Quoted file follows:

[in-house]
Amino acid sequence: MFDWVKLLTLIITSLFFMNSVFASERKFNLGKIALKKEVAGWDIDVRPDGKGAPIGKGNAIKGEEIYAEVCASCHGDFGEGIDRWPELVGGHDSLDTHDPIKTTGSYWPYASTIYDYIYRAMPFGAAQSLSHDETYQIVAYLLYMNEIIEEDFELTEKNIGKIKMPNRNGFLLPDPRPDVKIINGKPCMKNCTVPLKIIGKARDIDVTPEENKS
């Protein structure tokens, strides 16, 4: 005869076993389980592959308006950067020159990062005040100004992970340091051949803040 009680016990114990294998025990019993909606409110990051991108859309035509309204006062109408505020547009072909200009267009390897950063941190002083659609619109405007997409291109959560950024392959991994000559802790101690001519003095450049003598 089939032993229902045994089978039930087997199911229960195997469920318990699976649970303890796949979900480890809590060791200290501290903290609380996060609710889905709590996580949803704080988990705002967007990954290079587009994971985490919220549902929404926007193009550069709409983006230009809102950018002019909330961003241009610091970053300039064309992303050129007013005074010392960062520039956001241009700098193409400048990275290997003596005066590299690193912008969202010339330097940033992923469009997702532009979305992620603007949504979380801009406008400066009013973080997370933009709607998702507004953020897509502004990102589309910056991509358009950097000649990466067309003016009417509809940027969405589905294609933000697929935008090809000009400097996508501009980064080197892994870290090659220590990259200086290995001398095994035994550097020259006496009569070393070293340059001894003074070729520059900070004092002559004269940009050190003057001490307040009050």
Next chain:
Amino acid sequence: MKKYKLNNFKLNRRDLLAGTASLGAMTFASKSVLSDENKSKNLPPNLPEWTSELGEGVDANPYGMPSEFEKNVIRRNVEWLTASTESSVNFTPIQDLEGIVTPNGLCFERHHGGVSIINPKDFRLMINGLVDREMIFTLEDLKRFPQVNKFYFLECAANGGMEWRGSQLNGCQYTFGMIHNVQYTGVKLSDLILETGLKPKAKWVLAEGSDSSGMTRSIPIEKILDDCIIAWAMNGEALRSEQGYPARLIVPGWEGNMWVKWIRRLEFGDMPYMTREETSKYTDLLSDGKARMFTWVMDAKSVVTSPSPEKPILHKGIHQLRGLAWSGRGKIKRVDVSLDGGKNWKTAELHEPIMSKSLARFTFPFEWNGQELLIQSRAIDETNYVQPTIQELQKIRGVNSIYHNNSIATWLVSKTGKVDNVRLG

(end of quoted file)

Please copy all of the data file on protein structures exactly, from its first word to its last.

[in-house]
Amino acid sequence: MFDWVKLLTLIITSLFFMNSVFASERKFNLGKIALKKEVAGWDIDVRPDGKGAPIGKGNAIKGEEIYAEVCASCHGDFGEGIDRWPELVGGHDSLDTHDPIKTTGSYWPYASTIYDYIYRAMPFGAAQSLSHDETYQIVAYLLYMNEIIEEDFELTEKNIGKIKMPNRNGFLLPDPRPDVKIINGKPCMKNCTVPLKIIGKARDIDVTPEENKS
């Protein structure tokens, strides 16, 4: 005869076993389980592959308006950067020159990062005040100004992970340091051949803040 009680016990114990294998025990019993909606409110990051991108859309035509309204006062109408505020547009072909200009267009390897950063941190002083659609619109405007997409291109959560950024392959991994000559802790101690001519003095450049003598 089939032993229902045994089978039930087997199911229960195997469920318990699976649970303890796949979900480890809590060791200290501290903290609380996060609710889905709590996580949803704080988990705002967007990954290079587009994971985490919220549902929404926007193009550069709409983006230009809102950018002019909330961003241009610091970053300039064309992303050129007013005074010392960062520039956001241009700098193409400048990275290997003596005066590299690193912008969202010339330097940033992923469009997702532009979305992620603007949504979380801009406008400066009013973080997370933009709607998702507004953020897509502004990102589309910056991509358009950097000649990466067309003016009417509809940027969405589905294609933000697929935008090809000009400097996508501009980064080197892994870290090659220590990259200086290995001398095994035994550097020259006496009569070393070293340059001894003074070729520059900070004092002559004269940009050190003057001490307040009050």
Next chain:
Amino acid sequence: MKKYKLNNFKLNRRDLLAGTASLGAMTFASKSVLSDENKSKNLPPNLPEWTSELGEGVDANPYGMPSEFEKNVIRRNVEWLTASTESSVNFTPIQDLEGIVTPNGLCFERHHGGVSIINPKDFRLMINGLVDREMIFTLEDLKRFPQVNKFYFLECAANGGMEWRGSQLNGCQYTFGMIHNVQYTGVKLSDLILETGLKPKAKWVLAEGSDSSGMTRSIPIEKILDDCIIAWAMNGEALRSEQGYPARLIVPGWEGNMWVKWIRRLEFGDMPYMTREETSKYTDLLSDGKARMFTWVMDAKSVVTSPSPEKPILHKGIHQLRGLAWSGRGKIKRVDVSLDGGKNWKTAELHEPIMSKSLARFTFPFEWNGQELLIQSRAIDETNYVQPTIQELQKIRGVNSIYHNNSIATWLVSKTGKVDNVRLG